FORUM/21.9.2006 Three friends, Rebekka, Claudia and Sofie, are all struggling with a problem many 16-year-olds will recognise: in contemporary Denmark, where Confirmation – the traditional coming-of-age threshold – has lost its significance, how do you know when childhood is over and you have entered the adult world?
After a lesson about African rites of passage, Rebekka has an idea to remedy their confusion. She invents a more up-to-date ritual with no painful tattoos involved. She proposes that the three girls should take it in turns daring one another to action in the sexual domain – make some guy think you’re a hooker, make out with the really clammy dork at school, and so on.
As the film progresses it is obvious that becoming an adult is not quite so simple and straightforward a matter, but the girls nonetheless mature, each in her own way. In Sofie’s case it is by acknowledging that she is lesbian, and realising that this is no great disaster.
Butterflies on screen
To observant viewers it comes as no surprise when Sofie’s story takes a turn for the queer. It has been hinted at early on, when she says that she has “never felt like that for a guy” – a remark that escapes the attention of heterosexual Rebekka. The film also uses subtle cinematic techniques; the first time we see Sofie and the object of her desire, Katrine, together, for example, the roller-coaster ride of the camera reflects the butterflies in Sofie’s stomach.
When she is later dared to tongue kiss a girl it is quite clear that there is more at stake for Sofie than for her friends, who point blank overrule her protests. She therefore hesitatingly approaches Katrine, two years her senior, who fortunately has nothing against helping Sofie through this particular rite of passage.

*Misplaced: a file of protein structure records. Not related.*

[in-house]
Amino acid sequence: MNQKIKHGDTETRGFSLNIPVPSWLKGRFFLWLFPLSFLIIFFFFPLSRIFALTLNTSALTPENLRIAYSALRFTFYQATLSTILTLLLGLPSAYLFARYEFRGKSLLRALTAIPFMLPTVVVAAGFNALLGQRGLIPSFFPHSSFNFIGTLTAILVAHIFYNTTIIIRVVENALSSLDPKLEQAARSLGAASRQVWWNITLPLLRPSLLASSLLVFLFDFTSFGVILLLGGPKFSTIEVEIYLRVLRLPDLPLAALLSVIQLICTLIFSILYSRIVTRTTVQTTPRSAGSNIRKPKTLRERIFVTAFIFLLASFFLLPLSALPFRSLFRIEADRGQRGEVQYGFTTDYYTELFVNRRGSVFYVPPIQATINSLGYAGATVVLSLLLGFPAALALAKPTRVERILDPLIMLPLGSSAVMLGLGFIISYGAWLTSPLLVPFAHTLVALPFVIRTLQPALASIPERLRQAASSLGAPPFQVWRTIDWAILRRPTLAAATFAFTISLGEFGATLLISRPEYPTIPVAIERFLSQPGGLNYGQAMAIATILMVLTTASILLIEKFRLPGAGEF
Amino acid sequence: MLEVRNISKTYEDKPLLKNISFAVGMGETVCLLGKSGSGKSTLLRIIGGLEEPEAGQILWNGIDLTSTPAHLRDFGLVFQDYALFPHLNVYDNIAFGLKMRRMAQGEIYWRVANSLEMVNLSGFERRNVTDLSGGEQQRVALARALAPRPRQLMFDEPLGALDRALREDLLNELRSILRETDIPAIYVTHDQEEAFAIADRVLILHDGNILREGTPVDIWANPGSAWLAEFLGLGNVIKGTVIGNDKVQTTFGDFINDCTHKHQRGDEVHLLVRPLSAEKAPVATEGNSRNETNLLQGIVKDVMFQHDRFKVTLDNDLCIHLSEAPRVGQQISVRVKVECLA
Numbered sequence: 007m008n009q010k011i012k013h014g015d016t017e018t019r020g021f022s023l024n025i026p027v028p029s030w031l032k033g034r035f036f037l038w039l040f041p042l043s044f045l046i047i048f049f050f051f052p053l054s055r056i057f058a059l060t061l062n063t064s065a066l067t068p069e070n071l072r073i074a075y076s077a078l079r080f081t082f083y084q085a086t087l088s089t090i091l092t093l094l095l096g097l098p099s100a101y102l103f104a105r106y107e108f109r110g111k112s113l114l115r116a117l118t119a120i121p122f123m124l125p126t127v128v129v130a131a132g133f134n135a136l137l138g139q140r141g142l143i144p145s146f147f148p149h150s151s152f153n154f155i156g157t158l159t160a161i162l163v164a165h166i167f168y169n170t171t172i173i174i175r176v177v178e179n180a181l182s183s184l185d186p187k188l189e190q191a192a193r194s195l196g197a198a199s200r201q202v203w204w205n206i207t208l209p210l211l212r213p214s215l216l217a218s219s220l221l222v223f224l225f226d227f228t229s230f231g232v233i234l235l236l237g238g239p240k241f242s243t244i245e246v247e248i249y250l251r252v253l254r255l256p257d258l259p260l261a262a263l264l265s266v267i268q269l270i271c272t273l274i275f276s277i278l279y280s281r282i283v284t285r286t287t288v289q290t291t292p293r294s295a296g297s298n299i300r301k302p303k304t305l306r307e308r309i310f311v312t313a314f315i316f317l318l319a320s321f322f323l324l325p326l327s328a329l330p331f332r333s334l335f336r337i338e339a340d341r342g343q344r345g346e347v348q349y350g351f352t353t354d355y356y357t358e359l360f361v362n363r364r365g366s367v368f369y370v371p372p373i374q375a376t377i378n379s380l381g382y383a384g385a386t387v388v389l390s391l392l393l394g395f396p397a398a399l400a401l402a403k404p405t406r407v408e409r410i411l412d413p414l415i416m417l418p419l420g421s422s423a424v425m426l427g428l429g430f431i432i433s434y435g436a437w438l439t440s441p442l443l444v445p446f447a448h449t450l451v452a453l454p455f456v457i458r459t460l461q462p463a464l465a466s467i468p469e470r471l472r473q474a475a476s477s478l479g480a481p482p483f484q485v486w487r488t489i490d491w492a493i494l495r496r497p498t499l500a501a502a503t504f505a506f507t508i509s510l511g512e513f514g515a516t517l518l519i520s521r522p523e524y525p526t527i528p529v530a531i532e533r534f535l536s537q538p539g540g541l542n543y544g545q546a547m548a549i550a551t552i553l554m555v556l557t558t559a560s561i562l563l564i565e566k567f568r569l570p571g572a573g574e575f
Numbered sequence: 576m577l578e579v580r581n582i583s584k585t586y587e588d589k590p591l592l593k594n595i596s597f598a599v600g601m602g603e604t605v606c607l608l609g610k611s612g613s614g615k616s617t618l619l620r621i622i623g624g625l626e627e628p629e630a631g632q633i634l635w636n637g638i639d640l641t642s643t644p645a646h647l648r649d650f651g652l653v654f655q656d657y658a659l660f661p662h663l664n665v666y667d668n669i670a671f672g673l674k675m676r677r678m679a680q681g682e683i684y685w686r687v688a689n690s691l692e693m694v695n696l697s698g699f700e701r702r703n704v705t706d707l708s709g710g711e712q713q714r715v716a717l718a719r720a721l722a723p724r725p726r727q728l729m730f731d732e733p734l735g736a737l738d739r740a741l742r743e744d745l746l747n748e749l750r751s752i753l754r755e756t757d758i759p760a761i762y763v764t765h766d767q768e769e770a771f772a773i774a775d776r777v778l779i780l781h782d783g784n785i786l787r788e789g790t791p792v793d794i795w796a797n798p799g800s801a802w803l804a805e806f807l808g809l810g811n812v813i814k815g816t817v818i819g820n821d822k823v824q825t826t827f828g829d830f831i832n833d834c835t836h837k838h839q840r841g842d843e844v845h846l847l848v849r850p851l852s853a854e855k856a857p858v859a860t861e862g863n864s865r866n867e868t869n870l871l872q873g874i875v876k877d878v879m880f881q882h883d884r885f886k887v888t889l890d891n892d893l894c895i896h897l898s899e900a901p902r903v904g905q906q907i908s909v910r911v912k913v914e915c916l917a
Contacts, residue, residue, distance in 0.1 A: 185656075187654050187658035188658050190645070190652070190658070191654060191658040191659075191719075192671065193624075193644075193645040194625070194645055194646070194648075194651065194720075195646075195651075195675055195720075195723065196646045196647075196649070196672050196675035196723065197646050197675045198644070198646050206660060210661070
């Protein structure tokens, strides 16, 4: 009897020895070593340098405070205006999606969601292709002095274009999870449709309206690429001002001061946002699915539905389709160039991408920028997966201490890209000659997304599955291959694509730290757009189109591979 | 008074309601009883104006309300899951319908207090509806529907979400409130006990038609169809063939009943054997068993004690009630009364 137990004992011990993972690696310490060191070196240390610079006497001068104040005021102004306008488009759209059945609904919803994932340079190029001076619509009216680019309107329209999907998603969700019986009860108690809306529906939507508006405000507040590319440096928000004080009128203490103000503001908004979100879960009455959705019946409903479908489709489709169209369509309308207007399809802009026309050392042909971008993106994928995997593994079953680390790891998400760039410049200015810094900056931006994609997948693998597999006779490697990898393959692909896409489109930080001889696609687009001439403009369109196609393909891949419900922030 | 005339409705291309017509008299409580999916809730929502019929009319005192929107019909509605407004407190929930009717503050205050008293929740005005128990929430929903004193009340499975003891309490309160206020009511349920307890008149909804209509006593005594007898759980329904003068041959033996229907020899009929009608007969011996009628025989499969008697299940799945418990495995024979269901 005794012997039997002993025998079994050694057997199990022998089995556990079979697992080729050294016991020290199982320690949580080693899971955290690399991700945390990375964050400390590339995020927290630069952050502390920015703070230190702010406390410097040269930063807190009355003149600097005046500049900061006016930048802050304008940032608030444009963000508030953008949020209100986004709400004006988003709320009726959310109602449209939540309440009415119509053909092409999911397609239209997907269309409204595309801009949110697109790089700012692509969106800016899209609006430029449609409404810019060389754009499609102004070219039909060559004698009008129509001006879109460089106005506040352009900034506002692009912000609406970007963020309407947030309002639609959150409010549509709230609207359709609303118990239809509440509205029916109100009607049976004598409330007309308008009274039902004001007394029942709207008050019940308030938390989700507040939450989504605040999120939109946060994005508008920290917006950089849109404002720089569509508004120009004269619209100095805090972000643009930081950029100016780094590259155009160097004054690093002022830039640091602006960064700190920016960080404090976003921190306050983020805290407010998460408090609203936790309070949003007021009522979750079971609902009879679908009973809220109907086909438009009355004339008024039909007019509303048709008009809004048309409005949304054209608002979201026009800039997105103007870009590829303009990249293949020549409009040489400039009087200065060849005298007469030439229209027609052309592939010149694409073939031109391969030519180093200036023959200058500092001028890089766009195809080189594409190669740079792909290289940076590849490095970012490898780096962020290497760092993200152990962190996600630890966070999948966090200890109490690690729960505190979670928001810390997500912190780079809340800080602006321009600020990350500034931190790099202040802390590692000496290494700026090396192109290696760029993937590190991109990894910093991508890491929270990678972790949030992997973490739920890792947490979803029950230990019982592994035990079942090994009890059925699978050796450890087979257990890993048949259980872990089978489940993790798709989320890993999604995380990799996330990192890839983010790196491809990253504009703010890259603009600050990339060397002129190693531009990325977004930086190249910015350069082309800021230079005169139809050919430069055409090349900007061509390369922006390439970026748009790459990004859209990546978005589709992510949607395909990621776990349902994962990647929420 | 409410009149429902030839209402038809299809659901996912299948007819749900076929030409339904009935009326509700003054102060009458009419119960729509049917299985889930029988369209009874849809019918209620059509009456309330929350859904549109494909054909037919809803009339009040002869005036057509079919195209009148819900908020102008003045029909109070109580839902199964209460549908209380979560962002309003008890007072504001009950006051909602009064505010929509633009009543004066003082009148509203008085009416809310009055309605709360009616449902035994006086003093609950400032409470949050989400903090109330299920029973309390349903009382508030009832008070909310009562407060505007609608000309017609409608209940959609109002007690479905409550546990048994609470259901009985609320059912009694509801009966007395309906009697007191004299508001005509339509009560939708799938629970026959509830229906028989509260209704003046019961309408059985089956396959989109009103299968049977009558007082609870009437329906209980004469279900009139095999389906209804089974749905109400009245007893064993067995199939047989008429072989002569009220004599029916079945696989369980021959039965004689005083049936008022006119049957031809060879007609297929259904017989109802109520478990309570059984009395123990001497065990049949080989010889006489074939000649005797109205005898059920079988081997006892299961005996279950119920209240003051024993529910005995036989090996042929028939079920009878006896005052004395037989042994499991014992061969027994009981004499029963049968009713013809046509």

Their fulfilment of the dare is the most sensual scene in the entire film, and it is handled with exceptional ease. No dissolving techniques or strangely unmotivated panning away from walls to ceilings censure their kissing. Quite the contrary, we linger with the couple, and Sofie’s love life is thereby afforded exactly the same status as that of her heterosexual friends.
This point is reinforced when Sofie’s initial encounter with Katrine is later echoed in a scene between Rebekka and Adam, a young man two years her senior. The age difference, the awkward electric silence broken by clumsy dodging of the issue, even the positioning of the characters is identical. The inference is absolutely clear: Sofie and Rebekka are going through the same process, and it is a process in which gender is of no importance.
A universal story of self-awareness
Unfortunately, it is not quite so clear to Sofie. She gets cold feet and lies to Claudia and Rebekka, saying that she failed the challenge. This surprises them somewhat because they had witnessed Sofie’s successful completion of the ritual on a TV monitor and were ready to congratulate her, but Sofie resolutely insists on being given a new task.
What she has had confirmed about herself is still too overwhelming, but it is nonetheless not so awful that she can’t happily come to terms with it before the final credits roll. “Tell someone you love him,” is Sofie’s second dare, and this turns into another example of how naturally the film Triple Dare treats the gay and straight storylines as equals: ‘him’ is replaced by ‘her’ and leads to a final exchange with Katrine.
Sofie’s declaration of love might not be reciprocated by her chosen one, who is, after all, two years’ her senior, but she shows she is a winner in the love stakes anyway when she remarks perceptively that: “Well, I can still love you, can’t I!” And the most pessimistic viewer can but be disarmed by the irresistible smile of relief on Sofie’s face throughout the rest of the film – and she is the character to develop the most.